Mo Zhi Hong's The Year of the Shanghai Shark

shanghai sharkPenguin New Zealand 2008

The Year of the Shanghai Sharkcharts a series of encounters, tales and incidents in one year of a boy’s life in Dalian, China. His immediate existence is determined by his Uncle, who possesses many big books and conducts dubious business, his best friends Po Fan and Xiao Wang, plus basketball, fast food and his many individual encounters. On the periphery of this story are the Iraq war, the SARS epidemic, and general themes of Americanisation, technologisation, history and a shifting culture.

This book is a light yet thoughtful, modern, coming-of-age story told in a warm, immediate voice. Some of the characters our protagonist Hai Long encounters during the ‘year of the Shanghai shark’ include Worker Chen, who steers Hai Long on the path to ‘a good mind’; Gambler Deng; the peasant/beggar Fish; a kid nicknamed Basketball (because he’s so good at the sport) whose Dad wants him instead to be a doctor; the Old Stone, who Hai Long reads to; Writer Liu, a thin man who likes to write about ‘the inner struggle’; Karl, the Canadian English teacher; troubled Sister Ling; arguing Uncle Zhang and Uncle Jiang; the ambitious Li Tong who wants to study economics in America; and Old Gao the poet. There are other faces along with the peripheral stories – such as Yao Ming – a Chinese basketballer who has made it big in America.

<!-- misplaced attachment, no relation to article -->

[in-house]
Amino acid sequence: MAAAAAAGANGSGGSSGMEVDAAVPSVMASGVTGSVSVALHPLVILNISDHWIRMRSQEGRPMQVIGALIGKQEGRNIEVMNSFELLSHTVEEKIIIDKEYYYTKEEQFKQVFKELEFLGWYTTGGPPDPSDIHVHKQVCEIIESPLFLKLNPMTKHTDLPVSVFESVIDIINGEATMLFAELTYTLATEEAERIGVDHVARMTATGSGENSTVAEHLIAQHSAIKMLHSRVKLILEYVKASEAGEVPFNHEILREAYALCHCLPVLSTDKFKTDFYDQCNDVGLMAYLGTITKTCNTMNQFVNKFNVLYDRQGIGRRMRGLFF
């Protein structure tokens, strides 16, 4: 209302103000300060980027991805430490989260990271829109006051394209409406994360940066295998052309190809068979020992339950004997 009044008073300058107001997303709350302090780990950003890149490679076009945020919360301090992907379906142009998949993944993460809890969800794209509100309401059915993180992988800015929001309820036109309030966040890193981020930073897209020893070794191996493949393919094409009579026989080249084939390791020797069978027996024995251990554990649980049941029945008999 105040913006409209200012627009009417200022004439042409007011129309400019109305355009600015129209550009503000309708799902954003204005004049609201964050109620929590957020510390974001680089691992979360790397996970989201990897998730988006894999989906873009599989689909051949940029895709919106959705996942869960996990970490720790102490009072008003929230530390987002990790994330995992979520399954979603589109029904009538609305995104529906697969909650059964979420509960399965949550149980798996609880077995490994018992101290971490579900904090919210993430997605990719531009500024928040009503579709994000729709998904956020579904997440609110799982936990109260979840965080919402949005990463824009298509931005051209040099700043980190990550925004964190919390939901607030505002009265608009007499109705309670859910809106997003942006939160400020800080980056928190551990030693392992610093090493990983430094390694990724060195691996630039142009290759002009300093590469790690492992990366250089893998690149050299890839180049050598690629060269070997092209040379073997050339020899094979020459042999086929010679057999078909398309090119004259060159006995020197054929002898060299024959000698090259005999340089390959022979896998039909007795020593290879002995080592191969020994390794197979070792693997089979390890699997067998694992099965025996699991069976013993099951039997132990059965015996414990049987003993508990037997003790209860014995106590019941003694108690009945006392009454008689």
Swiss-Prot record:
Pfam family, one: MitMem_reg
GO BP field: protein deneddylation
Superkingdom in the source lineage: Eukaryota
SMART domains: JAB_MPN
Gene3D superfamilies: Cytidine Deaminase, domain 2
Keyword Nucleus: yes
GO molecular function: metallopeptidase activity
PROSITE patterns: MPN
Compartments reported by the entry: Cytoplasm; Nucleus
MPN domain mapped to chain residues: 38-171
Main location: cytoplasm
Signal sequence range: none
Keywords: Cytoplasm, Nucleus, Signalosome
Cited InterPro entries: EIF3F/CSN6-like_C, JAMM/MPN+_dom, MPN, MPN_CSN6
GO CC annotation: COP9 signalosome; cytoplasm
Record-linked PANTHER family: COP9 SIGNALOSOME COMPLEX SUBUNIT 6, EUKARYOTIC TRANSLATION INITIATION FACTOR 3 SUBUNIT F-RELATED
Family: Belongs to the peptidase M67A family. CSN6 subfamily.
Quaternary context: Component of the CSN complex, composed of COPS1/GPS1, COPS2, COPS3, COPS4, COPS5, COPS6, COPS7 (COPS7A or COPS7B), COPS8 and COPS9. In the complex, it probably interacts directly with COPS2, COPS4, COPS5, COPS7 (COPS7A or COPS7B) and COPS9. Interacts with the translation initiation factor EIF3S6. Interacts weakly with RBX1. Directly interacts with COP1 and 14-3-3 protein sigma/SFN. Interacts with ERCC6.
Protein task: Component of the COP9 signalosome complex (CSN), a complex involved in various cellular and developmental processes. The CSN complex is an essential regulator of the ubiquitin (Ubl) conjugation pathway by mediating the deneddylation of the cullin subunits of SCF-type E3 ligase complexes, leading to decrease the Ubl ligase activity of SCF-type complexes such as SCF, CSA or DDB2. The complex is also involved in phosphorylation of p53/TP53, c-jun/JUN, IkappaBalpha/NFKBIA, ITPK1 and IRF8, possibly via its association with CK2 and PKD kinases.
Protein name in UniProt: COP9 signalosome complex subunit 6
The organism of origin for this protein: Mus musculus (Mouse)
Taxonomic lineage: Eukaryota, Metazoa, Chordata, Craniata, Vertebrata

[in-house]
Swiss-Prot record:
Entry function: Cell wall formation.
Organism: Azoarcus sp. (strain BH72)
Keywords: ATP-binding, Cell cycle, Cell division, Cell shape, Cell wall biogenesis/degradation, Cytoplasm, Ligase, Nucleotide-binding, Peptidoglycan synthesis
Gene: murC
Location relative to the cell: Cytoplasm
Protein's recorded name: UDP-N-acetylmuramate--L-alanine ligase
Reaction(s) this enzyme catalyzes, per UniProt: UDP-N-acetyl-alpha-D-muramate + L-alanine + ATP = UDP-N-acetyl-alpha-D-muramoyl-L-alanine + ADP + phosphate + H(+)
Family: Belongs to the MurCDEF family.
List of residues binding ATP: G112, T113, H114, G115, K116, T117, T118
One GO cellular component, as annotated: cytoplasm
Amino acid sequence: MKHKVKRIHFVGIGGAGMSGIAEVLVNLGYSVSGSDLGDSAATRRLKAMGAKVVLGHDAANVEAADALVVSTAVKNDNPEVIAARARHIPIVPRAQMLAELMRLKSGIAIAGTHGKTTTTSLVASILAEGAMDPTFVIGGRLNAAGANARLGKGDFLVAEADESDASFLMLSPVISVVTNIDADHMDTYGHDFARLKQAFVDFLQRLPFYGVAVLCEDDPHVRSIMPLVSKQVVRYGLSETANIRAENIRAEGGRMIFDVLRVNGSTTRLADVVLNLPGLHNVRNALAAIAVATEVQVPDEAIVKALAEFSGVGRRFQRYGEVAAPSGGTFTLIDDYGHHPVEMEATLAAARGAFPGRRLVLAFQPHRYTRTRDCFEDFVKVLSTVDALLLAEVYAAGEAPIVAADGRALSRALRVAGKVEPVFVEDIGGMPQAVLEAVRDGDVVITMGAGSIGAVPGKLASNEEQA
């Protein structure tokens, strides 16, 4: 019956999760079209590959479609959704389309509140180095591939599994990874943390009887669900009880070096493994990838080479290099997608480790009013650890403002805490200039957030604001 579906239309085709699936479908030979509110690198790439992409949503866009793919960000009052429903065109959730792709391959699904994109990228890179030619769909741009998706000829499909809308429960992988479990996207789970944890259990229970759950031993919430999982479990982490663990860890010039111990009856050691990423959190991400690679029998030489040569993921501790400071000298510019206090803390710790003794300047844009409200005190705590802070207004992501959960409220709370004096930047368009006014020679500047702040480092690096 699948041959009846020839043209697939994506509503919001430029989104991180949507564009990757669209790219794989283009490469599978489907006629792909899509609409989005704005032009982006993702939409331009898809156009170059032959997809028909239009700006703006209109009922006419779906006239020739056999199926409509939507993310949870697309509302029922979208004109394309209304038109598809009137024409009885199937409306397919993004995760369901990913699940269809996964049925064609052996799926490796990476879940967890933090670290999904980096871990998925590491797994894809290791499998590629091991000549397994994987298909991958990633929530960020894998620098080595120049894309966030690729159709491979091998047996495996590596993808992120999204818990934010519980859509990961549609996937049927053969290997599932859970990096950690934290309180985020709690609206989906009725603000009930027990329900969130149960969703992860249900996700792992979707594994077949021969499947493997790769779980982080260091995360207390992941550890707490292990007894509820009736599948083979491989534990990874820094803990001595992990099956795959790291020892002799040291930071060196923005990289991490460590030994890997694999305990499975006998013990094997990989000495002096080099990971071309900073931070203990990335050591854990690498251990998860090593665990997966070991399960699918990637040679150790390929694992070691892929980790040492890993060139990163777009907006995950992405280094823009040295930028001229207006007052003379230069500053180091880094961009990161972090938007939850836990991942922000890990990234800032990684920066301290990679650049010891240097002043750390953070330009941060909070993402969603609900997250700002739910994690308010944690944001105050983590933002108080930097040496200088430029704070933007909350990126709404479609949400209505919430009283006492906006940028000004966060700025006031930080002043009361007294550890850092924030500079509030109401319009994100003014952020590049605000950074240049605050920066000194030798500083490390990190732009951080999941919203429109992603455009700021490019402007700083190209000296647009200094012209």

This is Mo Zhi Hong’s debut novel, unpretentiously showcasing modern China and all its mixed-interests, through the eyes of one boy. Zhi Hong is located in New Zealand but was born in Singapore, lived in Taiwan, Canada, China and the US – where he worked as a software developer. The author’s globalised experience is reflected in the novel as a generational nonchalance toward American influence, but Zhi Hong also embeds his older Chinese characters with rich personalities and histories – and writes some as characters vehemently opposed to American cultural influence – so our young character, and the reader, receive a wholesome mix of messages, easily and entertainingly absorbed.

Leave a Reply

Fill in your details below or click an icon to log in: Logo

You are commenting using your account. Log Out /  Change )

Twitter picture

You are commenting using your Twitter account. Log Out /  Change )

Facebook photo

You are commenting using your Facebook account. Log Out /  Change )

Connecting to %s